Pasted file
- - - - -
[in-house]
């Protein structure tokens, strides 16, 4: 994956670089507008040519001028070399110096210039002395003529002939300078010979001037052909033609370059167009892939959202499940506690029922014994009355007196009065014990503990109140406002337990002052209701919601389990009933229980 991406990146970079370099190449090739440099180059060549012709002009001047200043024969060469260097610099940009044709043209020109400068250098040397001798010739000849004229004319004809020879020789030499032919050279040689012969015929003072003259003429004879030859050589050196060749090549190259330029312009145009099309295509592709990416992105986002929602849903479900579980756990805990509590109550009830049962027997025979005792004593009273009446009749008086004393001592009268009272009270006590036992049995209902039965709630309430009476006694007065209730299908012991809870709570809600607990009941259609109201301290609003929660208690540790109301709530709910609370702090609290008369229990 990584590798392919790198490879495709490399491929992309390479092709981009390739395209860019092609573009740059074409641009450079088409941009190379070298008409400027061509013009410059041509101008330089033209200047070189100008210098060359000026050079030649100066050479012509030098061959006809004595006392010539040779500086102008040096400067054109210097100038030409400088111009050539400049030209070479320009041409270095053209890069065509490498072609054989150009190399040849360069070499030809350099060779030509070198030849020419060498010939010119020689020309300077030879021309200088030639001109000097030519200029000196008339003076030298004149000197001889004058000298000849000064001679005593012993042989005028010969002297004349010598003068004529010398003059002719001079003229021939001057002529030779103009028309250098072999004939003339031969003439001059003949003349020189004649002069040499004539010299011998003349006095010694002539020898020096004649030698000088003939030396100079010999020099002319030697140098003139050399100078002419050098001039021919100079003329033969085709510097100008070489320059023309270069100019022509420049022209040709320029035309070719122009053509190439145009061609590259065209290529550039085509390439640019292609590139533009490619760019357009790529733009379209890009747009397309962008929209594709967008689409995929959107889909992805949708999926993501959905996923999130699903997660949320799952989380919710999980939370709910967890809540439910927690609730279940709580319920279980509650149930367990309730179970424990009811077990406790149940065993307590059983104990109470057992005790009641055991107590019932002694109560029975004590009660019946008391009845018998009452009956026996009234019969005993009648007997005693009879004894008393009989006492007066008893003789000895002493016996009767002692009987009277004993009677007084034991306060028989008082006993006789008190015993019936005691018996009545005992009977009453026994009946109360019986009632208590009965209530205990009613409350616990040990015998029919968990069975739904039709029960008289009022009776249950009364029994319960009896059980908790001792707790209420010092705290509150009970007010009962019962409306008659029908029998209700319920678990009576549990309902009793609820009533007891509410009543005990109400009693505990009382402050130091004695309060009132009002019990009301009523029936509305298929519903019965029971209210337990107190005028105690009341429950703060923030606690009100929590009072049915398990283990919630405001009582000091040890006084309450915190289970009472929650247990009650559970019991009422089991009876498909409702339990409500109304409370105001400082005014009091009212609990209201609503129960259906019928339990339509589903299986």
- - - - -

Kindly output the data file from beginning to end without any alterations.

[in-house]
């Protein structure tokens, strides 16, 4: 994956670089507008040519001028070399110096210039002395003529002939300078010979001037052909033609370059167009892939959202499940506690029922014994009355007196009065014990503990109140406002337990002052209701919601389990009933229980 991406990146970079370099190449090739440099180059060549012709002009001047200043024969060469260097610099940009044709043209020109400068250098040397001798010739000849004229004319004809020879020789030499032919050279040689012969015929003072003259003429004879030859050589050196060749090549190259330029312009145009099309295509592709990416992105986002929602849903479900579980756990805990509590109550009830049962027997025979005792004593009273009446009749008086004393001592009268009272009270006590036992049995209902039965709630309430009476006694007065209730299908012991809870709570809600607990009941259609109201301290609003929660208690540790109301709530709910609370702090609290008369229990 990584590798392919790198490879495709490399491929992309390479092709981009390739395209860019092609573009740059074409641009450079088409941009190379070298008409400027061509013009410059041509101008330089033209200047070189100008210098060359000026050079030649100066050479012509030098061959006809004595006392010539040779500086102008040096400067054109210097100038030409400088111009050539400049030209070479320009041409270095053209890069065509490498072609054989150009190399040849360069070499030809350099060779030509070198030849020419060498010939010119020689020309300077030879021309200088030639001109000097030519200029000196008339003076030298004149000197001889004058000298000849000064001679005593012993042989005028010969002297004349010598003068004529010398003059002719001079003229021939001057002529030779103009028309250098072999004939003339031969003439001059003949003349020189004649002069040499004539010299011998003349006095010694002539020898020096004649030698000088003939030396100079010999020099002319030697140098003139050399100078002419050098001039021919100079003329033969085709510097100008070489320059023309270069100019022509420049022209040709320029035309070719122009053509190439145009061609590259065209290529550039085509390439640019292609590139533009490619760019357009790529733009379209890009747009397309962008929209594709967008689409995929959107889909992805949708999926993501959905996923999130699903997660949320799952989380919710999980939370709910967890809540439910927690609730279940709580319920279980509650149930367990309730179970424990009811077990406790149940065993307590059983104990109470057992005790009641055991107590019932002694109560029975004590009660019946008391009845018998009452009956026996009234019969005993009648007997005693009879004894008393009989006492007066008893003789000895002493016996009767002692009987009277004993009677007084034991306060028989008082006993006789008190015993019936005691018996009545005992009977009453026994009946109360019986009632208590009965209530205990009613409350616990040990015998029919968990069975739904039709029960008289009022009776249950009364029994319960009896059980908790001792707790209420010092705290509150009970007010009962019962409306008659029908029998209700319920678990009576549990309902009793609820009533007891509410009543005990109400009693505990009382402050130091004695309060009132009002019990009301009523029936509305298929519903019965029971209210337990107190005028105690009341429950703060923030606690009100929590009072049915398990283990919630405001009582000091040890006084309450915190289970009472929650247990009650559970019991009422089991009876498909409702339990409500109304409370105001400082005014009091009212609990209201609503129960259906019928339990339509589903299986």